When Adam Ernst, who often goes by his Chinese tea name Qi Hong, opened his teashop nearly five years ago, he knew he wanted it to be a place for members of the community to discuss their ideas and bond over a simple cup of tea. Now, this teashop, Dobra Tea is the home to the University of Wisconsin Campus Women’s Center’s biweekly “communiTea” discussions.
Sadie Dempsey, a UW junior and the CWC program coordinator, is the woman behind the idea. She originally approached Ernst after seeing in Dobra Tea’s newsletter the business was looking to host more groups and discussions. Dempsey wanted to come up with programming for CWC that would get students involved, and to find a space that students felt safe to discuss freely in. Dempsey had always loved the environment at Dobra and felt it would work well with what she had in mind. It was the perfect match.
“[communiTea] is directly in line with my intent for the space,” Ernst said.
communiTea’s biweekly discussion sessions focus on topics relating to feminism. The first gathering’s topic was feminism and pop culture, though Dempsey said the conversation quickly expanded to include many other topics, including gender identity. Dempsey said the discussion veered towards the topic because they were unsure of what to expect in terms of attendees’ familiarity with feminism, but the group had no trouble carrying the conversation. Both Ernst and Dempsey were pleased with the turnout at the first communiTea gathering. Dobra Tea is just the right size for the type of discourse they encourage — just big enough to talk about other perspectives, but also not too big that they needed to break up into small groups.
Both Ernst and Dempsey believe maintaining openness and safety are essential to communiTea. It is their goal to make the group sustainable and ensure the conversations are nonhierarchical. Additionally, Ernst wants a variety of viewpoints and backgrounds represented in the discussion.
“Feminism is not what you think it is, to a certain extent, and we want show you that,” Ernst said.
According to Dempsey, students can especially benefit from these discussions. In university settings, discussions are often run by a facilitator or delivered in a panel format. In communiTea, the conversation is totally in the hands of the participants. People can come to listen, ask questions and participate in other ways. Because of the diversity in opinion communiTea strives to cultivate, a lot can be learned from these differences. Dempsey believes it is important to be able to have a productive discussion with someone in opposition to your beliefs and opinions and engage with people from all different backgrounds.
communiTea’s openness is also what sets it apart from other feminist discussions, Ernst said. Feminism has changed over the years and continues to evolve and morph. In American history, significant feminist movements include the suffrage movement, the women’s liberation movement and the “Sex Wars” of the 1970s. Feminism is now considered to be in its “Third Wave,” a movement whose characteristics and boundaries are less and less clear. Ernst believes this ambiguity is what makes communiTea compatible with modern day feminism.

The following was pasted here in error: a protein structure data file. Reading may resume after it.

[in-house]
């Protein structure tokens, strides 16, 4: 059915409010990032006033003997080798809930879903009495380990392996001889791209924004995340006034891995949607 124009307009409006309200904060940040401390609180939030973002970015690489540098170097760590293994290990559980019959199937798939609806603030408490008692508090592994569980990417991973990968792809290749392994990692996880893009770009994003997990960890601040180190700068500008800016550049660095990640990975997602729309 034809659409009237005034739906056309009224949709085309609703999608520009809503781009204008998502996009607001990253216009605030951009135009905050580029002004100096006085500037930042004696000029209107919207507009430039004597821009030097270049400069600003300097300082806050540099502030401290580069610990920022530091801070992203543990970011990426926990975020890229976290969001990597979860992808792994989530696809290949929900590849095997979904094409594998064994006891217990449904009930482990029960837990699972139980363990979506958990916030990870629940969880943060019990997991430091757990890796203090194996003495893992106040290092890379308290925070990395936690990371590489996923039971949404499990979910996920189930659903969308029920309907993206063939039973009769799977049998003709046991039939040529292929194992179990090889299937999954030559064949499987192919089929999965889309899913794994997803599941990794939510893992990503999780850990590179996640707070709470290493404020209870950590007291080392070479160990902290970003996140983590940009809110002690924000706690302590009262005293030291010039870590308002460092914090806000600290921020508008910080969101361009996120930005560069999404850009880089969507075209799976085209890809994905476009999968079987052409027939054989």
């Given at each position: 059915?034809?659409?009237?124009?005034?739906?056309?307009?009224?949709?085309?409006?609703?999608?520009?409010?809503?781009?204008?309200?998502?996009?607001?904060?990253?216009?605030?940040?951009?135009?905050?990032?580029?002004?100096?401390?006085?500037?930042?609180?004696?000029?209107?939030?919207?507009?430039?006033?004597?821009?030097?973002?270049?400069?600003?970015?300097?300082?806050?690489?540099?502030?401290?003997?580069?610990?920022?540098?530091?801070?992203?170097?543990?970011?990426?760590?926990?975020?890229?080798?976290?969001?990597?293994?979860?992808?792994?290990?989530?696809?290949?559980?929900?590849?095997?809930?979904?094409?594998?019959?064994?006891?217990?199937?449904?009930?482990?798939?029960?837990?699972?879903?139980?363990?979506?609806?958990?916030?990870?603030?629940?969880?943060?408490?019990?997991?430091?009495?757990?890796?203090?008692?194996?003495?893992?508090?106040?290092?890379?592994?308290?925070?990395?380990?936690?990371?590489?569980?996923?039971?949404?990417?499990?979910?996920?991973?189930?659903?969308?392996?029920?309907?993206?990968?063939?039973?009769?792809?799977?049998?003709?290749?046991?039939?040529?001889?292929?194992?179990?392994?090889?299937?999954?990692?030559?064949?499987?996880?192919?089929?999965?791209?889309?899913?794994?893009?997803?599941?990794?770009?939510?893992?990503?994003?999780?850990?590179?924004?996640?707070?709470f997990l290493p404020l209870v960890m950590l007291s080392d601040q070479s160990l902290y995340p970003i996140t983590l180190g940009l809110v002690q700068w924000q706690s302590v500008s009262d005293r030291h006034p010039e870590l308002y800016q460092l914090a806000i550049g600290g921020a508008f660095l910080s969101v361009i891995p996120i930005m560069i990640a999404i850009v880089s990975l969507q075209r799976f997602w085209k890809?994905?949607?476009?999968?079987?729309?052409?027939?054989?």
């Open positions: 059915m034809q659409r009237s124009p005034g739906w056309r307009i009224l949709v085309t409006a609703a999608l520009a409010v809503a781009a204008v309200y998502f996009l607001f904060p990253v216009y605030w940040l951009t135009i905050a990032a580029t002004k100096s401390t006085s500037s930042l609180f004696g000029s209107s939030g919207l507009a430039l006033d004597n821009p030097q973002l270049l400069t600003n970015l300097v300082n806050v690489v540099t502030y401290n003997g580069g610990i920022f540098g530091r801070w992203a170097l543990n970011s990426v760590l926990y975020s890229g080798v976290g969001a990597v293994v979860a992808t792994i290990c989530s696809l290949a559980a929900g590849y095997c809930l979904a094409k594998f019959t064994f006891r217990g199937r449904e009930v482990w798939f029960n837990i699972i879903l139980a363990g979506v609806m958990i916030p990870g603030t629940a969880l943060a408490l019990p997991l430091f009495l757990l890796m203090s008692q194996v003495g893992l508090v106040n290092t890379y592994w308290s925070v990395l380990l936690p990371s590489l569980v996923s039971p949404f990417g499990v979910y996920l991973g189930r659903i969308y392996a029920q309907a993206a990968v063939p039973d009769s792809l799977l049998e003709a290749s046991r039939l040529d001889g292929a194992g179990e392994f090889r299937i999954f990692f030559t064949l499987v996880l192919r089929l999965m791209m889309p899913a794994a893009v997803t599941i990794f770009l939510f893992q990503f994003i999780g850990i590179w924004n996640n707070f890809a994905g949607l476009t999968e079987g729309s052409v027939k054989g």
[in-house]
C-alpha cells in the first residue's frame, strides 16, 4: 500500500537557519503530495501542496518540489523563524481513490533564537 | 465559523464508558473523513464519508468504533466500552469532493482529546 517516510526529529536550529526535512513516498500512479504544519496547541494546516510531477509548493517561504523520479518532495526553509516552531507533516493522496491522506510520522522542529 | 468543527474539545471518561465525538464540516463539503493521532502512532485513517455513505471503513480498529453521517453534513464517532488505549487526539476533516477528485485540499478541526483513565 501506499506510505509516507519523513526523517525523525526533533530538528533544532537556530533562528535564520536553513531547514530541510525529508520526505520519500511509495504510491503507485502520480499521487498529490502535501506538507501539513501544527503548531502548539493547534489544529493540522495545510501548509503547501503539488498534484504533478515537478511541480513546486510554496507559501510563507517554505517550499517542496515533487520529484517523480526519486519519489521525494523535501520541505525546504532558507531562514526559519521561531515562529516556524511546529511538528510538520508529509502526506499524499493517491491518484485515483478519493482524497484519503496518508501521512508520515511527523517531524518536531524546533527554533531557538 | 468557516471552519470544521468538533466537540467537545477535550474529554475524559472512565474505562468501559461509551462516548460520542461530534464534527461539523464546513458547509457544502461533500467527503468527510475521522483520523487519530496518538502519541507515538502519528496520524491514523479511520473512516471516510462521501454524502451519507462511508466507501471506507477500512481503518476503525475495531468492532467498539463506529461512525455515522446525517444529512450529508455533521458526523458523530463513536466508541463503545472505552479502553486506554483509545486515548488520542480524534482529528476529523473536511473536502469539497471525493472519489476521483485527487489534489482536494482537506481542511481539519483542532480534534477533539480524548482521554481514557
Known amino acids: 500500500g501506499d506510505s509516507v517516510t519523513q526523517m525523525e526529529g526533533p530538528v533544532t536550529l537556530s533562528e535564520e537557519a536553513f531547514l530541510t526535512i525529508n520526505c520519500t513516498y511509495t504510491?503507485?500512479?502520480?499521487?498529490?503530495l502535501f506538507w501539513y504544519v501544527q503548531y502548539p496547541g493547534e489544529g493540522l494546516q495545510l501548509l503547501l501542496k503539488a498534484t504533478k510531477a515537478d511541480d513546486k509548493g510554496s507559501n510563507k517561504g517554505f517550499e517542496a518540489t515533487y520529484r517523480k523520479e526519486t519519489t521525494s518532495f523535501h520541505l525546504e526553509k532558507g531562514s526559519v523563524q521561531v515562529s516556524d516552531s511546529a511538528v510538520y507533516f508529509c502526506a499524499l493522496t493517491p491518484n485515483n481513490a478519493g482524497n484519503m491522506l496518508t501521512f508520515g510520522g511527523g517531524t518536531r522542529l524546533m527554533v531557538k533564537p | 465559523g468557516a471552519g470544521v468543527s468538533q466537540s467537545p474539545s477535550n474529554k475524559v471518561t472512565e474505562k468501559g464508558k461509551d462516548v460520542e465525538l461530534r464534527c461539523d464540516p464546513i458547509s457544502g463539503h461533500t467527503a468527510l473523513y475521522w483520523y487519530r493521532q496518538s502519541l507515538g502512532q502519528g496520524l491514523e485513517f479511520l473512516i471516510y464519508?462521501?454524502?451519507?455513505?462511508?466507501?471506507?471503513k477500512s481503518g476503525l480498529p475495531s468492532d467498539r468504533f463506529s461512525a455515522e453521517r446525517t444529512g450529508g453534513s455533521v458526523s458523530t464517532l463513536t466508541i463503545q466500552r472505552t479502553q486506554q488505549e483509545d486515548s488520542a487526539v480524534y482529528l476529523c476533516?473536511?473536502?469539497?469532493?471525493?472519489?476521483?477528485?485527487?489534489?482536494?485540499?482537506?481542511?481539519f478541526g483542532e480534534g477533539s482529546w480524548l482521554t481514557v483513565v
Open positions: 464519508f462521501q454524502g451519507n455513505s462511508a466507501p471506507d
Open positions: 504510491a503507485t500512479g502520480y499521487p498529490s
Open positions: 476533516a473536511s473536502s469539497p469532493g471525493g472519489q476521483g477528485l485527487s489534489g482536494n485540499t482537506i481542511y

“That’s why it’s working: feminism is being really open and receptive right now; the teashop is really open and receptive,” Ernst said. “It’s cool to have a topic that’s so passionate, so involved.”
Though feminism may be receptive, policing of labels does occur, Dempsey said. communiTea wants to get away from deciding who can and cannot be a feminist since it is an issue everyone can relate to. Ernst wants people to understand that the heart of conversations at communiTea aim to address gender issues and gender roles, not feminism exclusively. Ernst sees communiTea as an opportunity for personal development, both for himself and others. Feminist issues are everywhere in life, and gender roles have become a constant subject of debate in today’s world.
“I don’t feel like I’m an ally to the cause, I feel like the issue is in all of us, and in society, and I’m a part of that, whether I want to be or not,” Ernst said.
Dempsey and Ernst find common ground in their love of bringing people together. Beyond the opportunity to engage in thoughtful conversation with others, both communiTea curators stressed the benefit of the unique environment of Dobra Tea, and the power of a cup of tea.
Throughout his years of working at Dobra and his travels abroad observing tea culture, Ernst has witnessed tea’s ability to bring people together. The communiTea gathering held nearly two weeks ago was no exception.
“After the discussion and a cup of tea, it changes your relationship to [communiTea], and then all of us were all of a sudden a group of positive people,” Ernst said. “It’s very stimulating … the energy that evolves from that early in the morning with a few cups of tea. It’s awesome.”
The next communiTea gathering will be held Friday, March 1 from 9 a.m. to 11 a.m. at Dobra Tea, 449 State St. More information can be found on the CWC website, as well as both Dobra Tea’s and CWC’s Facebook pages.